Cancer and cardiovascular diseases are two of the leading causes of deaths worldwide. However, stroke is equally deadly and a silent killer, the third most life-threatening condition increasing risk of death in adults.
Stroke occurs when there is a disruption in the blood flow to the brain due to a clot, leakage, ruptured blood vessel, or blocked arteries. Individuals can lower their risk of death or disability from stroke by knowing the warning signs and controlling the risk factors. To live a healthier life and mitigate the risk of heart conditions and stroke, there are some minor lifestyle changes that people can make to their everyday regime. Here’s what you need to follow:
1. Watch your weight
Overweight people are more susceptible to health problems, including diabetes, high cholesterol, hypertension, etc. leading to a rise in the odds of suffering from a stroke. Losing a few pounds can have a significant benefit in the overall health. Body Mass Index (BMI) is one of the crucial ways to assess if a person’s weight falls within the healthy range. An ideal range is to keep the (BMI) at 25 or less while maintaining daily calories within the 1,500 to 2,000 range, depending on the activity level.
2. Be Active
An active body is the key to a strong immune system and helps in reducing the chances of a stroke. Make a 30-minute exercise regime a routine part of your everyday life -- you can break it into two sessions of 10-15 minutes every day. Join a gym or a sports club, go for walks in the morning or evening, choose stairs over the elevator, and try to be physically active as much as possible. It is necessary to induce the habit of intense activity at least 5 days a week to stay away from the risk of a stroke.
3. Eat a healthy diet
A healthy and nutritious diet can go a long way in preventing stroke. Be sure to add fibrous snacks, fresh fruits, green leafy vegetables, beans, cereals, vitamins & minerals to your diet. If you are prone to stress eating, you can substitute your meals with nuts, grains, and light snacks. Reducing sodium, saturated fats, transfat, cholesterol, and high fiber in diet lowers the chances of hypertension and stroke.
4. Limit Alcohol Intake
Having one glass of wine or a mug of beer may be beneficial and may lower the risk of a stroke. Red wine is considered to be beneficial for the heart and the brain due to the presence of resveratrol. However, drinking too much alcohol has adverse effects, so it is advisable to watch your drink measures and limit alcohol consumption.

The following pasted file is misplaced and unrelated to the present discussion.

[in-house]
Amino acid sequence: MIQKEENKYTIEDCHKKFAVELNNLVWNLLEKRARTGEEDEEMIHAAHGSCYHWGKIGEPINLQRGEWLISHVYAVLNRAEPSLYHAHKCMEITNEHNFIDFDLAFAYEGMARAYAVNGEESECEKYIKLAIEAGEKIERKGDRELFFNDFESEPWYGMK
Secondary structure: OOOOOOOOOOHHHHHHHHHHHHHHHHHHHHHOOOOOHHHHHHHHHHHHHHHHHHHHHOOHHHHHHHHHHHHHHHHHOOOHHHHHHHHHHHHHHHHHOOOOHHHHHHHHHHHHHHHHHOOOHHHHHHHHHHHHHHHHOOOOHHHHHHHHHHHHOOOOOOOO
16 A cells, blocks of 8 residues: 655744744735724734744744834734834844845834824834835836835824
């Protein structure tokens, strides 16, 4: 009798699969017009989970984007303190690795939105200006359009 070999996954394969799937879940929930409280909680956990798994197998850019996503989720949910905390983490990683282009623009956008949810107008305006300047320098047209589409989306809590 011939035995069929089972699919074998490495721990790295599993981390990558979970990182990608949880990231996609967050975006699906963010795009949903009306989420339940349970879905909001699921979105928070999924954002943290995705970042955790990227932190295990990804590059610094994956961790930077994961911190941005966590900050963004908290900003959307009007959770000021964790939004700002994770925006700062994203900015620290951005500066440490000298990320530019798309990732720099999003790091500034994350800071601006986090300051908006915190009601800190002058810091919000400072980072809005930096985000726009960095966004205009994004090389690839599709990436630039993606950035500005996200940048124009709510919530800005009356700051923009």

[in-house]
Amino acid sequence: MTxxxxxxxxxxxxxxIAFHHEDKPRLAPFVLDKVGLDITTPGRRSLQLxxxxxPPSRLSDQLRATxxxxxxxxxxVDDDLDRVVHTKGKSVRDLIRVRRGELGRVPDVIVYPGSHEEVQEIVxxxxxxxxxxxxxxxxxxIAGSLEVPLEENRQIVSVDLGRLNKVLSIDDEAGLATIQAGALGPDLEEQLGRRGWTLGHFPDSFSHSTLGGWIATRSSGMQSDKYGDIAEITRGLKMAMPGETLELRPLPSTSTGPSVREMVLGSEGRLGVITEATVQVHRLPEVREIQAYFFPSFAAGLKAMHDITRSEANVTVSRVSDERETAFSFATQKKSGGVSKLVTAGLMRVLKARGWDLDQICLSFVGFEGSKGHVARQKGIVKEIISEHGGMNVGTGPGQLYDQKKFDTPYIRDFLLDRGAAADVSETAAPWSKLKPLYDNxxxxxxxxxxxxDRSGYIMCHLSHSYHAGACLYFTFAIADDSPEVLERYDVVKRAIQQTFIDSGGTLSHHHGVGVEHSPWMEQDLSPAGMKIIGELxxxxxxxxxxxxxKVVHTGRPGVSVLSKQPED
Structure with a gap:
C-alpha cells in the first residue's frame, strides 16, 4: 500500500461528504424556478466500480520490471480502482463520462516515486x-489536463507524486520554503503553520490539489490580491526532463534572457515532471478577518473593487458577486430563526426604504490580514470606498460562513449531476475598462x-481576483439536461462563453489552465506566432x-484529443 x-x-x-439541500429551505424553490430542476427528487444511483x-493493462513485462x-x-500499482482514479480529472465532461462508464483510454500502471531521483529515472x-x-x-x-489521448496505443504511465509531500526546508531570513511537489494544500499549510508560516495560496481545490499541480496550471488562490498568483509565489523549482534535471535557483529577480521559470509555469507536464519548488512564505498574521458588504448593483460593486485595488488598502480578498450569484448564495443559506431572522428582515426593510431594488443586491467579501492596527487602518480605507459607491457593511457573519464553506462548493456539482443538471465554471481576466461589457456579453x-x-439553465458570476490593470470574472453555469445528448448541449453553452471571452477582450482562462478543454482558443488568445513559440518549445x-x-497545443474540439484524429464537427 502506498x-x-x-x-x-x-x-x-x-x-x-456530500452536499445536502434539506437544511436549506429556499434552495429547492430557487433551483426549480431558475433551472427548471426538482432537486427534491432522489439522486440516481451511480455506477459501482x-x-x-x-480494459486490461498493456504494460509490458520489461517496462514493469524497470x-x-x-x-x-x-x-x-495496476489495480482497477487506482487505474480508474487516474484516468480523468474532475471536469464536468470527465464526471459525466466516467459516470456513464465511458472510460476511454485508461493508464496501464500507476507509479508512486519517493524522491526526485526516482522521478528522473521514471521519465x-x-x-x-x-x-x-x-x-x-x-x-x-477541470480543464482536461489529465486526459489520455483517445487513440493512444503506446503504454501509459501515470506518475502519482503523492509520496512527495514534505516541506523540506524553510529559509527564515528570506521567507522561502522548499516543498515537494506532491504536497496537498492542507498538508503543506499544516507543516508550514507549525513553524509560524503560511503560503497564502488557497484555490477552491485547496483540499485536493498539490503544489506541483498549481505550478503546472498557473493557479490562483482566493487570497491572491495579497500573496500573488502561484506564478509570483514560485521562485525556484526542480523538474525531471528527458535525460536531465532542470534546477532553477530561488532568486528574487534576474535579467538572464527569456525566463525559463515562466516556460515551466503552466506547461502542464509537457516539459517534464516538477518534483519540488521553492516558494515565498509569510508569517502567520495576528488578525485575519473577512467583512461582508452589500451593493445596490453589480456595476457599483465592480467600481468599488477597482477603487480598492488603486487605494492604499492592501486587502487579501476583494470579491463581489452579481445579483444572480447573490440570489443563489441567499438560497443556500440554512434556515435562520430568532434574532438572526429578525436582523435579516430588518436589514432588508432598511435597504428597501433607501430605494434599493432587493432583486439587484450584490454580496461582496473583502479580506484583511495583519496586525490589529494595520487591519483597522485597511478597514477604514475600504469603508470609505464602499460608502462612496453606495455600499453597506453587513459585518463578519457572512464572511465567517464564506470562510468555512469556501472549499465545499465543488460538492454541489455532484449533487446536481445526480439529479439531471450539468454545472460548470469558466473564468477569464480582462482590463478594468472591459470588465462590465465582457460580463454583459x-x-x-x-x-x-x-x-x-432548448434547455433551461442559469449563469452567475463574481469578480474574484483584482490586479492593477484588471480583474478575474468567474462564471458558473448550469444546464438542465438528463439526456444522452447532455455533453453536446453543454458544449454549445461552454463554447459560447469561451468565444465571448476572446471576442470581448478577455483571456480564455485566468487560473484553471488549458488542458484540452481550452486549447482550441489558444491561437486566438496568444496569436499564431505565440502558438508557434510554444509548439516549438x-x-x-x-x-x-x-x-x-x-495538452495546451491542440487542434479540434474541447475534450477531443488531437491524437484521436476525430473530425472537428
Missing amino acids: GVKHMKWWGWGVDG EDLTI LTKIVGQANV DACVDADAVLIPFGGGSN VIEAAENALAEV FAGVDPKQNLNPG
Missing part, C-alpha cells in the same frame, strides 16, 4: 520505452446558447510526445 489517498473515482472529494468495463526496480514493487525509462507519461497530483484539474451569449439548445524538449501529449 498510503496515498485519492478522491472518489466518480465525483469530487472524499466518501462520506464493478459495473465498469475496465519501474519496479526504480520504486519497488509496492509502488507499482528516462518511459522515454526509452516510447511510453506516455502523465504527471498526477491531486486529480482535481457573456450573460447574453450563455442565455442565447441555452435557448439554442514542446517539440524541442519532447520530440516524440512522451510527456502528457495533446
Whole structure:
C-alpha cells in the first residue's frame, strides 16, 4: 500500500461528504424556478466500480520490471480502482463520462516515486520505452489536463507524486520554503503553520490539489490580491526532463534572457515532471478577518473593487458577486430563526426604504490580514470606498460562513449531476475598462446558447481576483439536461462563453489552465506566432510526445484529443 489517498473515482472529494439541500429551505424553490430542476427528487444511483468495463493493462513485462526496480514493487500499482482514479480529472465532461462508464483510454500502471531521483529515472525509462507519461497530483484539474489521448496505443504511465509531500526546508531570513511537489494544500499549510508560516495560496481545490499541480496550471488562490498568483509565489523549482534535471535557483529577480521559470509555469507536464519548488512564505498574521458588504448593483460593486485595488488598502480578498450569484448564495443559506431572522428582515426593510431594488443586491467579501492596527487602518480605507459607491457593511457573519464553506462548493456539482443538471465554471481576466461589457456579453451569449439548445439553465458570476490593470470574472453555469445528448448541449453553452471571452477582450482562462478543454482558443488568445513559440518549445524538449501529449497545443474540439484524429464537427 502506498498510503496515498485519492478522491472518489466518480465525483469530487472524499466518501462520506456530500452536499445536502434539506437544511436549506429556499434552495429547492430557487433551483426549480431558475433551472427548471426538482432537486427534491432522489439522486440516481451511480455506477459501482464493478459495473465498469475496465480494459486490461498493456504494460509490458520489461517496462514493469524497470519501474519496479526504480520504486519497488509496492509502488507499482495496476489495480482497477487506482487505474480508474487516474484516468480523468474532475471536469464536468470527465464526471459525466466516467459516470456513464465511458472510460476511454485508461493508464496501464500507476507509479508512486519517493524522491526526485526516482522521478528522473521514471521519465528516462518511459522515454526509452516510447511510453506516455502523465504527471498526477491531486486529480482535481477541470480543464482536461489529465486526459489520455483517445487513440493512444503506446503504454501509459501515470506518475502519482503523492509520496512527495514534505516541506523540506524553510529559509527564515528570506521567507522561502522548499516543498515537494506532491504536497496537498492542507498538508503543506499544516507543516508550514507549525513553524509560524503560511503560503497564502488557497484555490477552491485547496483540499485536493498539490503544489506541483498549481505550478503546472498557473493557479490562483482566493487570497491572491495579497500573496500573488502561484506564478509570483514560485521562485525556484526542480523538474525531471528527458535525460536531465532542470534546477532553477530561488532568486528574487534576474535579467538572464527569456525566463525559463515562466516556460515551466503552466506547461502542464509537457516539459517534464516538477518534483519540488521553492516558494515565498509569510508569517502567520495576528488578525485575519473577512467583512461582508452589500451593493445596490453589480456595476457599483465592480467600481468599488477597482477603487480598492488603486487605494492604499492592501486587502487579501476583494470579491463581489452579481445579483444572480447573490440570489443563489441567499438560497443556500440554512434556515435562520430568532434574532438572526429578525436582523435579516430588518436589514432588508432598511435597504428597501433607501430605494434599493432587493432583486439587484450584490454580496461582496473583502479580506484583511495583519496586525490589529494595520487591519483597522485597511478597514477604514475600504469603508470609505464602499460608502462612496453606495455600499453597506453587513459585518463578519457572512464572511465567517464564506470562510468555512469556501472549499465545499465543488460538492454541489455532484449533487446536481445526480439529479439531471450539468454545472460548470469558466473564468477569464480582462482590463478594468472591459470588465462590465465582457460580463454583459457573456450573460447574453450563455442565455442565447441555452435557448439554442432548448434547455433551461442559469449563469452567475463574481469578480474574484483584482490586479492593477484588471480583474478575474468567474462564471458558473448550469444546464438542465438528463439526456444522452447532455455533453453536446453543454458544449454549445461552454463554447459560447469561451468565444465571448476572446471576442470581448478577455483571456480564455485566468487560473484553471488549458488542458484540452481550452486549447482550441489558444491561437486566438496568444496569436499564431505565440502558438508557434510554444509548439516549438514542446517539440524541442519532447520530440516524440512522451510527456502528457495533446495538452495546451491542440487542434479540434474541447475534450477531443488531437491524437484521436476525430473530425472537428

5. Quit Smoking
Cigarette smoking is widely established as a risk factor for stroke. Smoking increases the risk of developing clots as it thickens the blood. Quitting smoking is the first step to live a longer and healthier life. It is equally important to avoid secondhand smoke to reduce your chances of suffering from a stroke.
6. Lower blood pressure
Hypertension is the leading cause of stroke and it occurs when pressure in the arteries and blood vessels shoots up, leading to ruptures in or near the brain.
High blood pressure is one of the biggest factors contributing to stroke risk in both men and women. Cardiologists at AMRI Hospitals recommend avoiding high-cholesterol foods, reducing salt in daily diet, and adding 4 to 5 cups of fruits and vegetables and low-fat dairy products to your diet to manage your hypertension.
7. Manage Diabetes and Cholesterol Level
High blood sugar levels can damage blood vessels while increasing the tendency of clot formation. It is advisable to monitor blood sugar levels regularly, take medications on time, make lifestyle changes, exercise, eat healthily, and avoid excess sugar and oily and fatty foods.
8. Know your risk
Learning about stroke and its sudden symptoms has become essential for all of us. The rule of FAST (face, arm, speech, time) is a popular method that indicates the person’s condition of facial weakness, numbness, dizziness, vision issue, speech problem, and weakness in the arms need immediate medical attention.
Your email address will not be published. Required fields are marked *
Sudden cardiac death (SCD) is a frightening and of...read mores
Use Heart, Know Heart: The Significance of World H...read mores
In an age where health is paramount, we often seek...read mores
Vector-borne diseases pose a significant public he...read mores